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House of Lords to launch its first public inquiry into AI


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The House of Lords launched the first public enquiry on artificial intelligence (AI) developments last Wednesday.

As mentioned earlier this month, the way AI has been developing in the last few years brings with it both high hopes for the future and various fears. Among them, that automation could prove damaging for some sectors of society.

In the attempt of regulating the upcoming consequences of such an exponential growth, the committee announced that the enquiry will focus on "the economic, ethical, and social implications of advances in artificial intelligence."

Submissions from all interested individuals and organisations must be received by 6th September 2017 and will have to answer the following questions: 

  • How can the data-based monopolies of some large corporations, and the 'winner-takes-all' economics associated with them, be addressed?
  • Is the current level of excitement surrounding artificial intelligence warranted?
  • What role should the government take in the development and use of artificial intelligence in the UK?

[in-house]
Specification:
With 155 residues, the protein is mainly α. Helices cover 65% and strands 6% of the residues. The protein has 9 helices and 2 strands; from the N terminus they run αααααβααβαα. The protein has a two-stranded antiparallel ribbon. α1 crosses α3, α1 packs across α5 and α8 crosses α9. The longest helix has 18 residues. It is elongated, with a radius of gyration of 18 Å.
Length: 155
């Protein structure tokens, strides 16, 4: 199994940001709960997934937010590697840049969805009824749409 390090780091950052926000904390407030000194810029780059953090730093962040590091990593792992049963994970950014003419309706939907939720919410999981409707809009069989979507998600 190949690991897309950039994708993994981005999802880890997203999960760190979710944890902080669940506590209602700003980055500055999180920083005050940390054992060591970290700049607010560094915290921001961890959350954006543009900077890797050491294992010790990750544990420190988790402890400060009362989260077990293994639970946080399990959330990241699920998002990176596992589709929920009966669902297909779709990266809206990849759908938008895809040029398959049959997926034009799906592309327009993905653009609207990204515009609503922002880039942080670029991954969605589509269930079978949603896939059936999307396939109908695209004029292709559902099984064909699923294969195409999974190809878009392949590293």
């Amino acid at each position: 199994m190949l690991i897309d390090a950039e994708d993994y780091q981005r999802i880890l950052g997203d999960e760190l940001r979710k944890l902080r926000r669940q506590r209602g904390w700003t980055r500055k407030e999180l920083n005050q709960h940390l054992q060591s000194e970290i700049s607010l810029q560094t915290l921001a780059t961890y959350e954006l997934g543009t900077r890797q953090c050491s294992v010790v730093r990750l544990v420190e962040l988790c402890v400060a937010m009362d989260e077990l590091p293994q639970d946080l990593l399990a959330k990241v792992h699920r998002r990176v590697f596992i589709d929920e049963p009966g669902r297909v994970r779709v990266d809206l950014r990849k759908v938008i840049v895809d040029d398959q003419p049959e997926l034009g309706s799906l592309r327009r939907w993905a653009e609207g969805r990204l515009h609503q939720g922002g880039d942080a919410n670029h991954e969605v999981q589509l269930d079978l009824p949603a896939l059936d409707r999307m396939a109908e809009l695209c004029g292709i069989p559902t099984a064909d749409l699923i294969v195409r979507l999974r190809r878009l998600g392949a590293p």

“This inquiry comes at a time when artificial intelligence is increasingly seizing the attention of industry, policymakers and the general public”, said Lord Clement-Jones, Chairman of the Committee.

“We are looking to be pragmatic in our approach, and want to make sure our recommendations to Government and others will be practical and sensible”.

The former Liberal Democrat and co-chair of the All-Party Parliamentary Group on AI called for ethics in AI work earlier this year.

At the AI Expo event in Berlin last June - and right before the General Election - he stretched the need of forming a parliamentary majority interested in “the standards, values, governance, ethics, and moral questions that surround AI, as well as the societal implications.”

The committee that called last week’s enquiry includes Labour lords Clive Hollick and Dame Joan Bakewell, and "Third Way" guru Anthony Giddens, director of the LSE, the Lord Bishop of Oxford, and science writer and columnist Matt Ridley.

To find out more about the committee and to participate to the discussion, click here.

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